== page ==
Tuesday, May 06, 2008

American Soldiers affected by post-combat depression

A few months ago I had blogged about how an increasing number of US soldiers are committing suicide due to post-combat stress and related depressions and also about the high price, the world in general and America in particular have to pay for the Iraq war.

On May 1, 2008 I read another article equally shocking in the Dallas Morning News. According to the article posted above, nearly 20 percent of the 1.6 million (320,000) soldiers who have served in Iraq and Afghanistan suffer from mental health problems. But alarmingly less than half of those affected are seeking help. Military personnell are hesitant to approach a mental health professional because they feel that it might harm their careers.

This is both very sad and dangerous. Sad because these innocent, patriotic and committed men and women are suffering silently. Dangerous because this mental illness will make them act differently and might cause problems to others around them. Guantanamo bay was one such example, killing civilians, torturing prisoners inhumanly and other sadistic behaviour could be a result. The articles states that thousands of troops returning from Iraq and Afghanistan are suffering from war-related anxiety, depression and post-traumatic stress.

Psychologists and mental health professionals recommend therapy and medication to these people, which is the need of the hour. But I would like to examine the reasons due to which these brave soldiers end up being emotional wrecks and psychological disasters in the face of adverse circumstances in Iraq and Afghanistan. Are they scared of danger? Do they miss family? Do they miss the comforts and prosperty which they take for granted at home?

I would like to draw a parallel to the Indian army, which has been fighting a proxy war with Pakistan since the past three decades (30 years). There have been cases of suicides, mental trauma but not at these astronomical numbers. Every soldier/ officer serving in the borders, fighting to be alive and keep the country's peace intact have tremendous family support. Which unfortunately is not so great in the US. I have written in my article on the Iraq War, about how many divorces have taken place due to long term deployment of forces in Iraq.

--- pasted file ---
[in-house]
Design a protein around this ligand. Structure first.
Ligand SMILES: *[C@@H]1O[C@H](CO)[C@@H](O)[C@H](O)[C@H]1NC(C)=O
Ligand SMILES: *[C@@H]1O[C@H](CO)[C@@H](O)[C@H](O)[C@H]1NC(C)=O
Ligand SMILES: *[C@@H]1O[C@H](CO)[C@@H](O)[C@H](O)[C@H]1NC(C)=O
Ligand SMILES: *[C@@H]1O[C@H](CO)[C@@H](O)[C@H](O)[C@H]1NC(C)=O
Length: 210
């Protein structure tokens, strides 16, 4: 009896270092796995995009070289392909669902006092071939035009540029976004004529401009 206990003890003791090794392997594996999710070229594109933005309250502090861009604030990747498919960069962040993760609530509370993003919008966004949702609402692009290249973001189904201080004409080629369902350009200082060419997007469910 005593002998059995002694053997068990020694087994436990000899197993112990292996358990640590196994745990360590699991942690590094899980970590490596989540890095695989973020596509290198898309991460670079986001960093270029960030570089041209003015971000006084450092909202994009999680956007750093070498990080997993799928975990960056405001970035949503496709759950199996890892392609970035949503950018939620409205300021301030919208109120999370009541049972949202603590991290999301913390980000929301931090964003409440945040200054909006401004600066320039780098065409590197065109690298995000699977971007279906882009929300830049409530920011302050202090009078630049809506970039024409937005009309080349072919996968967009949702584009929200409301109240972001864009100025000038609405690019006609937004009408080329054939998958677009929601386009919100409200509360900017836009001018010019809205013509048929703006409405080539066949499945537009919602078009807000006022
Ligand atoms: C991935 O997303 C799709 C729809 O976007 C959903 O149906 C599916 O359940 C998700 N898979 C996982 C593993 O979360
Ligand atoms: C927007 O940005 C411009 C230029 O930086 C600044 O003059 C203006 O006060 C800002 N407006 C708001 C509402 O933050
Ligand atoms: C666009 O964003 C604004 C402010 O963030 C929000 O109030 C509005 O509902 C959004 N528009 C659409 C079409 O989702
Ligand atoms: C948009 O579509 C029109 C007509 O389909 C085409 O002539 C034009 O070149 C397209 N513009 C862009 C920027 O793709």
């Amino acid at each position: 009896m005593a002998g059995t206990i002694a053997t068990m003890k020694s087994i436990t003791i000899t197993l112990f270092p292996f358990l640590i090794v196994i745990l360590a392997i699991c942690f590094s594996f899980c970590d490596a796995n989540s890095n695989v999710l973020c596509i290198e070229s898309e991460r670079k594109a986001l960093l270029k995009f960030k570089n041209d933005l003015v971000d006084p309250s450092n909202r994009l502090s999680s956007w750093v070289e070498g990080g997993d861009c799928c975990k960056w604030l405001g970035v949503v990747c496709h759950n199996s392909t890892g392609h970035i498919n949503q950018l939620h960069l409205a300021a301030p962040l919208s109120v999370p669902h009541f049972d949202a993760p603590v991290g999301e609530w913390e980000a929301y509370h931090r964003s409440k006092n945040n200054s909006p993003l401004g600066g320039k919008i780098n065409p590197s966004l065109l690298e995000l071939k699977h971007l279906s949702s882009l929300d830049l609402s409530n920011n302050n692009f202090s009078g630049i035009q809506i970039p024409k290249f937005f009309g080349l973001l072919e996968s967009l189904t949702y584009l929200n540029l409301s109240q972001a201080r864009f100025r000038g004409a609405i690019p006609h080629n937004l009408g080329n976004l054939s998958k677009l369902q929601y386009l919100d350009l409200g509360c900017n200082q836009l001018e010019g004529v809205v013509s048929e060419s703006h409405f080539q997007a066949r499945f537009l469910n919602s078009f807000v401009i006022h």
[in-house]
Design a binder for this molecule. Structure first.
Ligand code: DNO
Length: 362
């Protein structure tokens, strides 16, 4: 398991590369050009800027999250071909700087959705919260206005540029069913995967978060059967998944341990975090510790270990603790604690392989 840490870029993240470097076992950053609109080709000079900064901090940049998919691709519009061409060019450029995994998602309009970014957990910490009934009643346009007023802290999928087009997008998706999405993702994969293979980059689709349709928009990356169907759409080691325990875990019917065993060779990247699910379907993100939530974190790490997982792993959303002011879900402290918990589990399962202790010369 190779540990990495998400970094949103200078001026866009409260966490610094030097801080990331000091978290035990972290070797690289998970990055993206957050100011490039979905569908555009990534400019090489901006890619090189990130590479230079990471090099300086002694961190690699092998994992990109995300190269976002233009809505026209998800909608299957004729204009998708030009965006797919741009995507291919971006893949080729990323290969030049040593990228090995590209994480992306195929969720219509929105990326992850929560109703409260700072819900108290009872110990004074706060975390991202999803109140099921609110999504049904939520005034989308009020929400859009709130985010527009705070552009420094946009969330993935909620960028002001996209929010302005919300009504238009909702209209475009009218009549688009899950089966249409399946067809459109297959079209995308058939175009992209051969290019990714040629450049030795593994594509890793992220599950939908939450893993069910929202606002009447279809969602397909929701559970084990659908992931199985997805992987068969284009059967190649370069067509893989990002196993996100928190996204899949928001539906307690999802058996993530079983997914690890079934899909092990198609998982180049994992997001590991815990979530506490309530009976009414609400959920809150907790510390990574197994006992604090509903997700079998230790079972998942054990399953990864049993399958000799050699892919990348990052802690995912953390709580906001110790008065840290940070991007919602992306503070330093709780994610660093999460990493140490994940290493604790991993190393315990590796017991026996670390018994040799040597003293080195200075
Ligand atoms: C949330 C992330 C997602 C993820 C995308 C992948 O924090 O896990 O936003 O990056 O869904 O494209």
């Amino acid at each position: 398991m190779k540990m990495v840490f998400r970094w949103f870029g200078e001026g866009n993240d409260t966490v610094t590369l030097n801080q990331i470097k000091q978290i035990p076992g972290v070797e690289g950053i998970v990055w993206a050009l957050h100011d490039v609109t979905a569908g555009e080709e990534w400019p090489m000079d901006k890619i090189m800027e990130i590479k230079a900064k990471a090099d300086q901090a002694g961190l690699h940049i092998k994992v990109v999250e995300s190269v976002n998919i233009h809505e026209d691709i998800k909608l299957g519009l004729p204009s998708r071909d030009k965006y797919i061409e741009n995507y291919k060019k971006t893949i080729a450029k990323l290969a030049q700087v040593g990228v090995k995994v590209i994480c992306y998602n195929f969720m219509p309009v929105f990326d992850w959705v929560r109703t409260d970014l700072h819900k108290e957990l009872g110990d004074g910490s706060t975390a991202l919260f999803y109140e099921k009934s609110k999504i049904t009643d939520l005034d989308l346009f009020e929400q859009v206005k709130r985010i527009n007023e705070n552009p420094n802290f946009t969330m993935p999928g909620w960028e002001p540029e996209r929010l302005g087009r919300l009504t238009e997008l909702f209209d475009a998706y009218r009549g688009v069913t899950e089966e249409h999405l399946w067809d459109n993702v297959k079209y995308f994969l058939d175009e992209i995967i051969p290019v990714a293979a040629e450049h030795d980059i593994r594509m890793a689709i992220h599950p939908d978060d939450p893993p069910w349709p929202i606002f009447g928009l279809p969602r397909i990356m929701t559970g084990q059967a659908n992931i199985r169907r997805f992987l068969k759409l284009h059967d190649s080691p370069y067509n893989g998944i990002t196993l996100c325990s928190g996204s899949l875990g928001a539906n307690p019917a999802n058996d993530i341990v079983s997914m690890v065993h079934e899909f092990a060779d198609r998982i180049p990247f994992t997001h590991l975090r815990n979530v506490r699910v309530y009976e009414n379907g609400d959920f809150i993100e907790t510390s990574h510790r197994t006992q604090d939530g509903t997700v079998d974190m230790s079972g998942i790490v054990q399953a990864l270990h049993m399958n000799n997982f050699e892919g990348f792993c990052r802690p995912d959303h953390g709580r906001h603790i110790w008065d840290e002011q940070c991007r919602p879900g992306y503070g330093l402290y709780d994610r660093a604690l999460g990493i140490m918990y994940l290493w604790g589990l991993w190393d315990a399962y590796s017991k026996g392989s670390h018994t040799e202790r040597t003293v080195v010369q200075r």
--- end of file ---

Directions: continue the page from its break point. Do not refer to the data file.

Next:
The societal structure in the US is very open and lays lot of emphasis on individuals rights and preferences. It doesn't lay a spiritual significance to relationships. While in India the culture and societal structure is strong and lays great emphasis on survival of families and intra-family bonding. Between cousins, siblings and even second and third cousins. I believe if there was adequate family support to these young and old soldiers who have been deployed at far flung locations they would not suffer so much trauma and mental stress.


Anonymous said...

Thank you! I am, at the moment, dealing with this exact situation. More people need to be aware and encourage friends and family members to seek some sort of help, even if they don't think they were affected by their experience. The war affects EACH and EVERY person who is a part of it, even if they are not witnessing fighting, killing, bombing, carnage, etc.

Sahasi said...

Thanks for the comment. I agree with you everyone needs to seek help, if family support is not there then professional help is the need of the hour.

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